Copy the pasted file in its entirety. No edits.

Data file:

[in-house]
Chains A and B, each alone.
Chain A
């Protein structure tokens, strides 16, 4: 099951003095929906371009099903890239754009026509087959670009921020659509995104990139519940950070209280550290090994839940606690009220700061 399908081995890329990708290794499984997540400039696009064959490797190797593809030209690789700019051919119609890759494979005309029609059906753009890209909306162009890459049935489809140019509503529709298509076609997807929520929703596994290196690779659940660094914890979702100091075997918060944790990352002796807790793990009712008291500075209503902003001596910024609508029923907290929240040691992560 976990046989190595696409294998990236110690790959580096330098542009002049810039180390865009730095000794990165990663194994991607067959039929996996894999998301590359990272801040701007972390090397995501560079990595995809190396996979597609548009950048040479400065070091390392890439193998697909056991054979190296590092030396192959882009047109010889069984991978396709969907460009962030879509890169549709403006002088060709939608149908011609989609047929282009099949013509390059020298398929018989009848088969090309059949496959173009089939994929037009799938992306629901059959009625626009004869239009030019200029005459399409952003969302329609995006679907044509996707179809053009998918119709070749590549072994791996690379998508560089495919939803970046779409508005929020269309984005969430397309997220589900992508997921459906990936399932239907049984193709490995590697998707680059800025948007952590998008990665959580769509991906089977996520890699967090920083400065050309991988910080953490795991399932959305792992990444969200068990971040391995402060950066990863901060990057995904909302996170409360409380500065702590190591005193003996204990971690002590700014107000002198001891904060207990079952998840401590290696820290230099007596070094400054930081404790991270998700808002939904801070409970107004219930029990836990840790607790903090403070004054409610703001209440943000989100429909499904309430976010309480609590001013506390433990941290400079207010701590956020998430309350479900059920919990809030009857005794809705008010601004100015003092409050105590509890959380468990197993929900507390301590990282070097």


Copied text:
[in-house]
Chains A and B, each alone.
Chain A
């Protein structure tokens, strides 16, 4: 099951003095929906371009099903890239754009026509087959670009921020659509995104990139519940950070209280550290090994839940606690009220700061 399908081995890329990708290794499984997540400039696009064959490797190797593809030209690789700019051919119609890759494979005309029609059906753009890209909306162009890459049935489809140019509503529709298509076609997807929520929703596994290196690779659940660094914890979702100091075997918060944790990352002796807790793990009712008291500075209503902003001596910024609508029923907290929240040691992560 976990046989190595696409294998990236110690790959580096330098542009002049810039180390865009730095000794990165990663194994991607067959039929996996894999998301590359990272801040701007972390090397995501560079990595995809190396996979597609548009950048040479400065070091390392890439193998697909056991054979190296590092030396192959882009047109010889069984991978396709969907460009962030879509890169549709403006002088060709939608149908011609989609047929282009099949013509390059020298398929018989009848088969090309059949496959173009089939994929037009799938992306629901059959009625626009004869239009030019200029005459399409952003969302329609995006679907044509996707179809053009998918119709070749590549072994791996690379998508560089495919939803970046779409508005929020269309984005969430397309997220589900992508997921459906990936399932239907049984193709490995590697998707680059800025948007952590998008990665959580769509991906089977996520890699967090920083400065050309991988910080953490795991399932959305792992990444969200068990971040391995402060950066990863901060990057995904909302996170409360409380500065702590190591005193003996204990971690002590700014107000002198001891904060207990079952998840401590290696820290230099007596070094400054930081404790991270998700808002939904801070409970107004219930029990836990840790607790903090403070004054409610703001209440943000989100429909499904309430976010309480609590001013506390433990941290400079207010701590956020998430309350479900059920919990809030009857005794809705008010601004100015003092409050105590509890959380468990197993929900507390301590990282070097």